After receiving unverified CNN video of a November 2017 slave auction in Libya, a human trafficker told Al-Jazeera (a Qatari TV station with interests in Libya) that hundreds of migrants are bought and sold across the country every week.[45] Migrants who have gone through Libyan detention centres have shown signs of many human rights abuses such as severe abuse, including electric shocks, burns, lashes and even skinning, stated the director of health services on the Italian island of Lampedusa to Euronews.[46]

A Libyan group known as the Asma Boys have antagonized migrants from other parts of Africa from at least as early as 2000, destroying their property.[47] Nigerian migrants in January 2018 gave accounts of abuses in detention centres, including being leased or sold as slaves.[48] Videos of Sudanese migrants being burnt and whipped for ransom, were released later on by their families on social media.[49] In June 2018, the United Nations applied sanctions against four Libyans (including a Coast Guard commander) and two Eritreans for their criminal leadership of slave trade networks.[50]


According to professor Ibrahima Baba Kaké there were four main slavery routes to north Africa, from east to west of Africa, from the Maghreb to the Sudan, from Tripolitania to central Sudan and from Egypt to the Middle East.[51] Caravan trails, set up in the 9th century, went past the oasis of the Sahara; travel was difficult and uncomfortable for reasons of climate and distance. Since Roman times, long convoys had transported slaves as well as all sorts of products to be used for barter.

Towns and ports involvedEdit

See alsoEdit


  1. ^ Keith R. Bradley. "Apuleius and the sub-Saharan slave trade". Apuleius and Antonine Rome: Historical Essays. p. 177.
  2. ^ Andrew Wilson. "Saharan Exports to the Roman World". Trade in the Ancient Sahara and Beyond. Cambridge University Press. p. 192–3.
  3. ^ "Fall of Gaddafi opens a new era for the Sahara's lost civilisation". the Guardian. 5 November 2011. Retrieved 9 December 2020.
  4. ^ David Mattingly. "The Garamantes and the Origins of Saharan Trade". Trade in the Ancient Sahara and Beyond. Cambridge University Press. p. 27–28.
  5. ^ Austen, R. (2015). Regional study: Trans-Saharan trade. In C. Benjamin (Ed.), The Cambridge World History (The Cambridge World History, pp. 662-686). Cambridge: Cambridge University Press. doi:10.1017/CBO9781139059251.026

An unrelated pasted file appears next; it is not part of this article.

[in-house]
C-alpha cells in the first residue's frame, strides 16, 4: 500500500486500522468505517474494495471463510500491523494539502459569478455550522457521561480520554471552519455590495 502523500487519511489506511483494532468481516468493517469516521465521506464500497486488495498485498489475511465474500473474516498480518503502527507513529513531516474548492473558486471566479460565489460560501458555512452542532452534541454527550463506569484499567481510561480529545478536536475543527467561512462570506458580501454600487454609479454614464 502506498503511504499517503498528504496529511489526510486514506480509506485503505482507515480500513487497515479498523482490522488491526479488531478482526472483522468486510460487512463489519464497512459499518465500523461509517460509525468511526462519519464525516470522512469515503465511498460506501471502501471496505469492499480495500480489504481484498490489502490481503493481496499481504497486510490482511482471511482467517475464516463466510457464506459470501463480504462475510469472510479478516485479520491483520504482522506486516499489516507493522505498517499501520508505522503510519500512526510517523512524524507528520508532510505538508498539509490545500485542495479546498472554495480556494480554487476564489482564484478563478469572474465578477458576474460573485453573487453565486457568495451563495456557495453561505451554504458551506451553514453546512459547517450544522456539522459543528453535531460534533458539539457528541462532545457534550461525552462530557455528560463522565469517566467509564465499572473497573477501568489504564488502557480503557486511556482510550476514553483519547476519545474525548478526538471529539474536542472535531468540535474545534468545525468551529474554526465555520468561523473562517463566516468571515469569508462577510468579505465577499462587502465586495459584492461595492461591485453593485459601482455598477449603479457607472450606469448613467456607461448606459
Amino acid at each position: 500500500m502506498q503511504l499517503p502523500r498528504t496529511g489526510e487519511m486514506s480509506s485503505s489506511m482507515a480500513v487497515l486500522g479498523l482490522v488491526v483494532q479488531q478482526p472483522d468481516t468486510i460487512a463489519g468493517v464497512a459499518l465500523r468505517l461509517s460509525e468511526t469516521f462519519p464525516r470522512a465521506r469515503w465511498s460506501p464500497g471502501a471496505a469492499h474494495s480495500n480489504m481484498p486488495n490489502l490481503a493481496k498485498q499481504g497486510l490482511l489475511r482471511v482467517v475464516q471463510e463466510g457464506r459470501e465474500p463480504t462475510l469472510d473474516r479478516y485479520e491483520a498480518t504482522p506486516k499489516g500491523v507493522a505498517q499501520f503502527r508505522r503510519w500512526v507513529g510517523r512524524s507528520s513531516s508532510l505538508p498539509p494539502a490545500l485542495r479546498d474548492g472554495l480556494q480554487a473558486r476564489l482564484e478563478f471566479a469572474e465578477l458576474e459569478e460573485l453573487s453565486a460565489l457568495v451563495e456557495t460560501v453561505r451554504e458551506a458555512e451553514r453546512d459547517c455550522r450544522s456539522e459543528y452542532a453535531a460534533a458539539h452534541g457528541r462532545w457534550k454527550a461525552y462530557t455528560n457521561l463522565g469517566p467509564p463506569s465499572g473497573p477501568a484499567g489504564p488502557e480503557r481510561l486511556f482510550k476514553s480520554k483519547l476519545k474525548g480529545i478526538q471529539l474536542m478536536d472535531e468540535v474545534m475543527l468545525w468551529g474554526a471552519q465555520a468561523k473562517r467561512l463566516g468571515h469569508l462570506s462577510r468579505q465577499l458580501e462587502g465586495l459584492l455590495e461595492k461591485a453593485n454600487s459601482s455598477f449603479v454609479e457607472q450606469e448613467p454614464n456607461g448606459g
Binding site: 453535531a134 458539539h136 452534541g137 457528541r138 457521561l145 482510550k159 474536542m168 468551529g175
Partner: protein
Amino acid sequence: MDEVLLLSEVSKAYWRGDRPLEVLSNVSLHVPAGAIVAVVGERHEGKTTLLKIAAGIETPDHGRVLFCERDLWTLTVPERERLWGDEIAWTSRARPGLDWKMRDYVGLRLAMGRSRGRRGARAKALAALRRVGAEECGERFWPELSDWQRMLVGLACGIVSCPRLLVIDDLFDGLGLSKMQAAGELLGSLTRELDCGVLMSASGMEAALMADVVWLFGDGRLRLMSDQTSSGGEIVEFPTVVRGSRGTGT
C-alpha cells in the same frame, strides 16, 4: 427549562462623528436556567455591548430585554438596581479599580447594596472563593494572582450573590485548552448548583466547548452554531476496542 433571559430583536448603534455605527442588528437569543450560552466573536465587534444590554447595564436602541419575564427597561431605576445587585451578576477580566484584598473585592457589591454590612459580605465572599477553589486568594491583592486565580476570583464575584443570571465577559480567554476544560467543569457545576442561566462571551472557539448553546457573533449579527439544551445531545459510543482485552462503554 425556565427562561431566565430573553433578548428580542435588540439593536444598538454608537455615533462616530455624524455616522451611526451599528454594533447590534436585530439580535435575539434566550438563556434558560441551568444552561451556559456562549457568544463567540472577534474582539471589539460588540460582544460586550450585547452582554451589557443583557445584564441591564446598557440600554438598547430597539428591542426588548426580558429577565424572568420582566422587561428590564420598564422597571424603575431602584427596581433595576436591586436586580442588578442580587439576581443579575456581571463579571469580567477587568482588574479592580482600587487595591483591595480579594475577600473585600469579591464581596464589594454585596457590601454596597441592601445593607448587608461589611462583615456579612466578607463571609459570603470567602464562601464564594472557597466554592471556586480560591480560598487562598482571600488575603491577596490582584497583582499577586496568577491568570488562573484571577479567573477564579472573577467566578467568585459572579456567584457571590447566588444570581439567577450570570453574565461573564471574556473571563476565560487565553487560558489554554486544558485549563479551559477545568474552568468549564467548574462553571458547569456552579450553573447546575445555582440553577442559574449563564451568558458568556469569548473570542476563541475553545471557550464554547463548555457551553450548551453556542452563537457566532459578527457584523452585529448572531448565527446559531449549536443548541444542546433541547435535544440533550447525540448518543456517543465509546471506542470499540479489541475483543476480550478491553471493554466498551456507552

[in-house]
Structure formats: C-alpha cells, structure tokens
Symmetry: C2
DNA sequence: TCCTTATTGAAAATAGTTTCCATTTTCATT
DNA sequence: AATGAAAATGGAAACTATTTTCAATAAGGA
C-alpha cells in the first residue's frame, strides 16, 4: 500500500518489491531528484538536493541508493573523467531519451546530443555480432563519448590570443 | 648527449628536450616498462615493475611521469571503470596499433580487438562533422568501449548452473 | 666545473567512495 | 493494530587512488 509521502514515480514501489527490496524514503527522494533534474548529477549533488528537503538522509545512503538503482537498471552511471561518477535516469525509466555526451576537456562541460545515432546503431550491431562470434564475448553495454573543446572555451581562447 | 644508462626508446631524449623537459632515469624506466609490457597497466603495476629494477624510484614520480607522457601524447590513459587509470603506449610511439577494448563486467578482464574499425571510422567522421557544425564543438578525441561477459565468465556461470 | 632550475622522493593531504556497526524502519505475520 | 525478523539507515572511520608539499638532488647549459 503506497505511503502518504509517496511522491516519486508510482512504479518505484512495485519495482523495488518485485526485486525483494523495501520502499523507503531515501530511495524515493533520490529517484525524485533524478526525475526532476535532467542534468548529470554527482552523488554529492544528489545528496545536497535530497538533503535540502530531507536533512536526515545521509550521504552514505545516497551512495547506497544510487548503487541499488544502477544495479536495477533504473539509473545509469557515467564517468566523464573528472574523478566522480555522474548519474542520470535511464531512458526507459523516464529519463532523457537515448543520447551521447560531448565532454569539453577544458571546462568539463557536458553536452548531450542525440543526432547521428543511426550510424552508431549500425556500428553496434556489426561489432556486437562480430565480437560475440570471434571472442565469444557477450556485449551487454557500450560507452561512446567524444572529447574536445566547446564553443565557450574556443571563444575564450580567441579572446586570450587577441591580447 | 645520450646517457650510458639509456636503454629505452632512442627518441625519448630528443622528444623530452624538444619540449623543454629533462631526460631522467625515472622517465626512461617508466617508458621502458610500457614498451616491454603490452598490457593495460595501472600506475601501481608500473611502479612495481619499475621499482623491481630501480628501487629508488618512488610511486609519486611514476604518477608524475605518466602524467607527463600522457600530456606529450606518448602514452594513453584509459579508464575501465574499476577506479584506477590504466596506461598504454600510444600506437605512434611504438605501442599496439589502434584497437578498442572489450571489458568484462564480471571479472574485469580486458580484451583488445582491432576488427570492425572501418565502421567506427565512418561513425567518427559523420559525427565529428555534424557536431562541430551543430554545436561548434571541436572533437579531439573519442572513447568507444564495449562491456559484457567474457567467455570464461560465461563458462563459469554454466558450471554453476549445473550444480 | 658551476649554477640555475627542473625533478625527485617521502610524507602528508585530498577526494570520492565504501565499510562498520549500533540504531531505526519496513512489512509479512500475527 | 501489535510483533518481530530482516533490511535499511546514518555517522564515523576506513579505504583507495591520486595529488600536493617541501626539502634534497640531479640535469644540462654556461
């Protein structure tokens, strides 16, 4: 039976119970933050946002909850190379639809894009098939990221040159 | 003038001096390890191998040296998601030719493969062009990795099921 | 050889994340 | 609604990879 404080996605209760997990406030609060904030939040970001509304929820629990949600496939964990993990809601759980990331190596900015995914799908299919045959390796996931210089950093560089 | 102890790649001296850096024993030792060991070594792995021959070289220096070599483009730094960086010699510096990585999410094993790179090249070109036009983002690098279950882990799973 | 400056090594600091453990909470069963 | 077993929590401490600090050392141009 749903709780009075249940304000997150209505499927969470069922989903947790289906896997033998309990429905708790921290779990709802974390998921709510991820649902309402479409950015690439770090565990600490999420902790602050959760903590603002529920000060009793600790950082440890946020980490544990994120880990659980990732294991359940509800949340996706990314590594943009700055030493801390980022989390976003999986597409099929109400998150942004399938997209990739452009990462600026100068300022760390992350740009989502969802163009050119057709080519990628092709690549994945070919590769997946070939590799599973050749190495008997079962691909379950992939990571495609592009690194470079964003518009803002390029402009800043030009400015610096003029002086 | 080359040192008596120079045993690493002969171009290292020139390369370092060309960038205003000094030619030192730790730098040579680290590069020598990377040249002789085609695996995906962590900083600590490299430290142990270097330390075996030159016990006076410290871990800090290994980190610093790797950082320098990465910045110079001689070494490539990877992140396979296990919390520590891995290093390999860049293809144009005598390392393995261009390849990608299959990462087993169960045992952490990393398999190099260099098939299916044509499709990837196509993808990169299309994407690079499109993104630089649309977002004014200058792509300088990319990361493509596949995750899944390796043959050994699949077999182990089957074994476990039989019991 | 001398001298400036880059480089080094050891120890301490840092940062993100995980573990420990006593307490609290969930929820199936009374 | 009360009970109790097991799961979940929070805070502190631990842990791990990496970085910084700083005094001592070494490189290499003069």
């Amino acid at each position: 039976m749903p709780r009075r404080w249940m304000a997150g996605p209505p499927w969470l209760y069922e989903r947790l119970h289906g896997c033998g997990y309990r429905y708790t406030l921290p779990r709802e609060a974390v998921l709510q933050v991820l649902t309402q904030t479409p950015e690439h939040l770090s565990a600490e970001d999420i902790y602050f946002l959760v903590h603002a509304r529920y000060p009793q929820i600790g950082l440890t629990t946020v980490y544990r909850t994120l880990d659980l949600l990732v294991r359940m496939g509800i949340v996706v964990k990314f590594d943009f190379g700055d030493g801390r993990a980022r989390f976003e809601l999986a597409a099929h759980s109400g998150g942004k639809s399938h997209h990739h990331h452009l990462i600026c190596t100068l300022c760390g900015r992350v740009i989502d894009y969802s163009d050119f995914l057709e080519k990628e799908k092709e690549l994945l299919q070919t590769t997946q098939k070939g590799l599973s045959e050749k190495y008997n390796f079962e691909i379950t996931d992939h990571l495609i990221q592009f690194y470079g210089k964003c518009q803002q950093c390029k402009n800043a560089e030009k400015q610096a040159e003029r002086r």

6. ^ a b Keith R. Bradley. "Apuleius and the sub-Saharan slave trade". Apuleius and Antonine Rome: Historical Essays. p. 177.
  7. ^ a b c Andrew Wilson. "Saharan Exports to the Roman World". Trade in the Ancient Sahara and Beyond. Cambridge University Press. p. 192–3.
  8. ^ Redford, D. B..From Slave to Pharaoh: The Black Experience of Ancient Egypt. Baltimore: The Johns Hopkins University Press, 2004. Project MUSE
  9. ^ "Ancient Egypt: Slavery, its causes and practice". Retrieved 13 March 2014.
  10. ^ Andrew Wilson. "Saharan Exports to the Roman World". Trade in the Ancient Sahara and Beyond. Cambridge University Press. p. 192–3.
  11. ^ "Ibn Battuta's Trip: Part Twelve – Journey to West Africa (1351–1353)". Archived from the original on 9 June 2010.
  12. ^ a b Ralph A. Austen. Trans-Saharan Africa in World History. Oxford University Press. p. 31.
  13. ^ "The impact of the slave trade on Africa".
  14. ^ Jay Spaulding. "Medieval Christian Nubia and the Islamic World: A Reconsideration of the Baqt Treaty," International Journal of African Historical Studies XXVIII, 3 (1995)
  15. ^ Noel King (ed.), Ibn Battuta in Black Africa, Princeton 2005, p. 54.
  16. ^ Muhammad A. J. Beg, The "serfs" of Islamic society under the Abbasid regime, Islamic Culture, 49, 2, 1975, p. 108
  17. ^ Owen Rutter (1986). The pirate wind: tales of the sea-robbers of Malaya. Oxford University Press. p. 140. ISBN 9780195826913.
  18. ^ W. G. Clarence-Smith (2006). Islam and the Abolition of Slavery. Oxford University Press. pp. 70–. ISBN 978-0-19-522151-0.
  19. ^ Humphrey J. Fisher (1 August 2001). Slavery in the History of Muslim Black Africa. NYU Press. pp. 182–. ISBN 978-0-8147-2716-4.